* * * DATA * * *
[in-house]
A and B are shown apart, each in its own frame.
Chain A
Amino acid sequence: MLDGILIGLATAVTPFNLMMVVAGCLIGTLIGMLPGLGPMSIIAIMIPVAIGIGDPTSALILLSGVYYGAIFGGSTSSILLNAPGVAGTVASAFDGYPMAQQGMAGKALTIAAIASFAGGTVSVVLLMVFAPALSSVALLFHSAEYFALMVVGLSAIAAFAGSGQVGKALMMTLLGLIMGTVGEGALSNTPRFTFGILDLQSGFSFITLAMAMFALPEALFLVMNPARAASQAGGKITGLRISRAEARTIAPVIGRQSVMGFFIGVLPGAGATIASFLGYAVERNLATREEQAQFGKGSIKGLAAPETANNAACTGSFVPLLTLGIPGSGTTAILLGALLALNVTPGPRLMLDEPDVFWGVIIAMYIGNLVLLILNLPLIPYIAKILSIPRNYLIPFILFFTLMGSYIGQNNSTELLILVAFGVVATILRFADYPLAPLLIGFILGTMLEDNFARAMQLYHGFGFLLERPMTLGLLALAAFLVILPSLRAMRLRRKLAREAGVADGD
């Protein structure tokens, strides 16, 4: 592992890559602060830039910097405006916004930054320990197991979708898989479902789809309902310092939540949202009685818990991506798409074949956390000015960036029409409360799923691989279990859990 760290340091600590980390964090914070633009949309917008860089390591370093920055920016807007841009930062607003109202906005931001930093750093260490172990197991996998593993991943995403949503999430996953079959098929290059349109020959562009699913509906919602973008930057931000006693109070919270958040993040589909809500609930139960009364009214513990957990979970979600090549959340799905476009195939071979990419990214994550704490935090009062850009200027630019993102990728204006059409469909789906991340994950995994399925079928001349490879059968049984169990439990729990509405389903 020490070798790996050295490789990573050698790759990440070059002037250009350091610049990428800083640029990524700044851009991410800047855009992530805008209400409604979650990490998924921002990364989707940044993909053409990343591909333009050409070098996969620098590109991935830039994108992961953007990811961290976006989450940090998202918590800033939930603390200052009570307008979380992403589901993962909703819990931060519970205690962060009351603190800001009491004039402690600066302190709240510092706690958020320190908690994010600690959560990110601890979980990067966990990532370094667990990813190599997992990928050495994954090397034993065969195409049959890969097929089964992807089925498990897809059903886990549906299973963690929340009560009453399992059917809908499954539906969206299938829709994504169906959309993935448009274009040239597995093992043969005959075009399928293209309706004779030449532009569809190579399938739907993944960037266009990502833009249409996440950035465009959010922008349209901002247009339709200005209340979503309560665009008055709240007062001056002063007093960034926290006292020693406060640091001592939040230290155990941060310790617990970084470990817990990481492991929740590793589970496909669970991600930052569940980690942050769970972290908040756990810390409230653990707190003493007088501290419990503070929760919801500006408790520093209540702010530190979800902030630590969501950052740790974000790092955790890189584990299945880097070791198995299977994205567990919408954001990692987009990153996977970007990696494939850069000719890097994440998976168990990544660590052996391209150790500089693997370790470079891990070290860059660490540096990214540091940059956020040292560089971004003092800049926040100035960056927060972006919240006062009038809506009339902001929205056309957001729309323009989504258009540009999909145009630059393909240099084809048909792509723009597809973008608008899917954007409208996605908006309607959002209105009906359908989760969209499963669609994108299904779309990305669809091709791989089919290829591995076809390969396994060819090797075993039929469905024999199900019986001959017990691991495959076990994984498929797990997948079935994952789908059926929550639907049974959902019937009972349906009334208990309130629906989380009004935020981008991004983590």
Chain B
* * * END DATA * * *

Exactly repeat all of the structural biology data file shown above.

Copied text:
[in-house]
A and B are shown apart, each in its own frame.
Chain A
Amino acid sequence: MLDGILIGLATAVTPFNLMMVVAGCLIGTLIGMLPGLGPMSIIAIMIPVAIGIGDPTSALILLSGVYYGAIFGGSTSSILLNAPGVAGTVASAFDGYPMAQQGMAGKALTIAAIASFAGGTVSVVLLMVFAPALSSVALLFHSAEYFALMVVGLSAIAAFAGSGQVGKALMMTLLGLIMGTVGEGALSNTPRFTFGILDLQSGFSFITLAMAMFALPEALFLVMNPARAASQAGGKITGLRISRAEARTIAPVIGRQSVMGFFIGVLPGAGATIASFLGYAVERNLATREEQAQFGKGSIKGLAAPETANNAACTGSFVPLLTLGIPGSGTTAILLGALLALNVTPGPRLMLDEPDVFWGVIIAMYIGNLVLLILNLPLIPYIAKILSIPRNYLIPFILFFTLMGSYIGQNNSTELLILVAFGVVATILRFADYPLAPLLIGFILGTMLEDNFARAMQLYHGFGFLLERPMTLGLLALAAFLVILPSLRAMRLRRKLAREAGVADGD
């Protein structure tokens, strides 16, 4: 592992890559602060830039910097405006916004930054320990197991979708898989479902789809309902310092939540949202009685818990991506798409074949956390000015960036029409409360799923691989279990859990 760290340091600590980390964090914070633009949309917008860089390591370093920055920016807007841009930062607003109202906005931001930093750093260490172990197991996998593993991943995403949503999430996953079959098929290059349109020959562009699913509906919602973008930057931000006693109070919270958040993040589909809500609930139960009364009214513990957990979970979600090549959340799905476009195939071979990419990214994550704490935090009062850009200027630019993102990728204006059409469909789906991340994950995994399925079928001349490879059968049984169990439990729990509405389903 020490070798790996050295490789990573050698790759990440070059002037250009350091610049990428800083640029990524700044851009991410800047855009992530805008209400409604979650990490998924921002990364989707940044993909053409990343591909333009050409070098996969620098590109991935830039994108992961953007990811961290976006989450940090998202918590800033939930603390200052009570307008979380992403589901993962909703819990931060519970205690962060009351603190800001009491004039402690600066302190709240510092706690958020320190908690994010600690959560990110601890979980990067966990990532370094667990990813190599997992990928050495994954090397034993065969195409049959890969097929089964992807089925498990897809059903886990549906299973963690929340009560009453399992059917809908499954539906969206299938829709994504169906959309993935448009274009040239597995093992043969005959075009399928293209309706004779030449532009569809190579399938739907993944960037266009990502833009249409996440950035465009959010922008349209901002247009339709200005209340979503309560665009008055709240007062001056002063007093960034926290006292020693406060640091001592939040230290155990941060310790617990970084470990817990990481492991929740590793589970496909669970991600930052569940980690942050769970972290908040756990810390409230653990707190003493007088501290419990503070929760919801500006408790520093209540702010530190979800902030630590969501950052740790974000790092955790890189584990299945880097070791198995299977994205567990919408954001990692987009990153996977970007990696494939850069000719890097994440998976168990990544660590052996391209150790500089693997370790470079891990070290860059660490540096990214540091940059956020040292560089971004003092800049926040100035960056927060972006919240006062009038809506009339902001929205056309957001729309323009989504258009540009999909145009630059393909240099084809048909792509723009597809973008608008899917954007409208996605908006309607959002209105009906359908989760969209499963669609994108299904779309990305669809091709791989089919290829591995076809390969396994060819090797075993039929469905024999199900019986001959017990691991495959076990994984498929797990997948079935994952789908059926929550639907049974959902019937009972349906009334208990309130629906989380009004935020981008991004983590």
Chain B